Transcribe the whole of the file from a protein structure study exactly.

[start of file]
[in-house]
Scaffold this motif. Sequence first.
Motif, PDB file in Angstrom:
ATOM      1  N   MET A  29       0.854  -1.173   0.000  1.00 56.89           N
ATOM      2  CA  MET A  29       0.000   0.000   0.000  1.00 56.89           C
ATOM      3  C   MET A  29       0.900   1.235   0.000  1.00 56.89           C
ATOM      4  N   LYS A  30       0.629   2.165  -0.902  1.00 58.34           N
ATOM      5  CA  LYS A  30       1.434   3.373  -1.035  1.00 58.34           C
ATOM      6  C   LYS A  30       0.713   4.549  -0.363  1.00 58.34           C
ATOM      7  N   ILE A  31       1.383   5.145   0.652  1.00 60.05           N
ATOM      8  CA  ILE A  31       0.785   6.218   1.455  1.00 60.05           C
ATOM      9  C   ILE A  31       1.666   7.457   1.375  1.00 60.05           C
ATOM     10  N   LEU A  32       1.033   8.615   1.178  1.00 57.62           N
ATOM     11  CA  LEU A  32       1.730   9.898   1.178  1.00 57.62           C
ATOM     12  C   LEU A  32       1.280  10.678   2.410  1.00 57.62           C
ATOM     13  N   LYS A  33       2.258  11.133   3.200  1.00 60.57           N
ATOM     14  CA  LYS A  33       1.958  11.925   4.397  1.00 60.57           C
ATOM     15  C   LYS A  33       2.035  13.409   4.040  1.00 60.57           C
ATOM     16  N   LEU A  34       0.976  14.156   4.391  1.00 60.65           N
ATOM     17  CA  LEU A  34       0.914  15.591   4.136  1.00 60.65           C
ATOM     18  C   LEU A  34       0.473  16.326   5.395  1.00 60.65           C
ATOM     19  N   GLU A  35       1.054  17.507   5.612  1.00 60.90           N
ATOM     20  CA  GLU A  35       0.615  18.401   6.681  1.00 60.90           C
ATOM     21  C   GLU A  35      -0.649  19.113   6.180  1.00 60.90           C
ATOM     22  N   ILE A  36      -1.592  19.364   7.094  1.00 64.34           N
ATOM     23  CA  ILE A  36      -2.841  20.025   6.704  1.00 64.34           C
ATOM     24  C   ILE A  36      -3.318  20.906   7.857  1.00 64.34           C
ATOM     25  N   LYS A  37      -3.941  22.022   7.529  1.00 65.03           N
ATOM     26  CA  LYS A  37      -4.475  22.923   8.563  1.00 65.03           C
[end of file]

[in-house]
Scaffold this motif. Sequence first.
Motif, PDB file in Angstrom:
ATOM      1  N   MET A  29       0.854  -1.173   0.000  1.00 56.89           N
ATOM      2  CA  MET A  29       0.000   0.000   0.000  1.00 56.89           C
ATOM      3  C   MET A  29       0.900   1.235   0.000  1.00 56.89           C
ATOM      4  N   LYS A  30       0.629   2.165  -0.902  1.00 58.34           N
ATOM      5  CA  LYS A  30       1.434   3.373  -1.035  1.00 58.34           C
ATOM      6  C   LYS A  30       0.713   4.549  -0.363  1.00 58.34           C
ATOM      7  N   ILE A  31       1.383   5.145   0.652  1.00 60.05           N
ATOM      8  CA  ILE A  31       0.785   6.218   1.455  1.00 60.05           C
ATOM      9  C   ILE A  31       1.666   7.457   1.375  1.00 60.05           C
ATOM     10  N   LEU A  32       1.033   8.615   1.178  1.00 57.62           N
ATOM     11  CA  LEU A  32       1.730   9.898   1.178  1.00 57.62           C
ATOM     12  C   LEU A  32       1.280  10.678   2.410  1.00 57.62           C
ATOM     13  N   LYS A  33       2.258  11.133   3.200  1.00 60.57           N
ATOM     14  CA  LYS A  33       1.958  11.925   4.397  1.00 60.57           C
ATOM     15  C   LYS A  33       2.035  13.409   4.040  1.00 60.57           C
ATOM     16  N   LEU A  34       0.976  14.156   4.391  1.00 60.65           N
ATOM     17  CA  LEU A  34       0.914  15.591   4.136  1.00 60.65           C
ATOM     18  C   LEU A  34       0.473  16.326   5.395  1.00 60.65           C
ATOM     19  N   GLU A  35       1.054  17.507   5.612  1.00 60.90           N
ATOM     20  CA  GLU A  35       0.615  18.401   6.681  1.00 60.90           C
ATOM     21  C   GLU A  35      -0.649  19.113   6.180  1.00 60.90           C
ATOM     22  N   ILE A  36      -1.592  19.364   7.094  1.00 64.34           N
ATOM     23  CA  ILE A  36      -2.841  20.025   6.704  1.00 64.34           C
ATOM     24  C   ILE A  36      -3.318  20.906   7.857  1.00 64.34           C
ATOM     25  N   LYS A  37      -3.941  22.022   7.529  1.00 65.03           N
ATOM     26  CA  LYS A  37      -4.475  22.923   8.563  1.00 65.03           C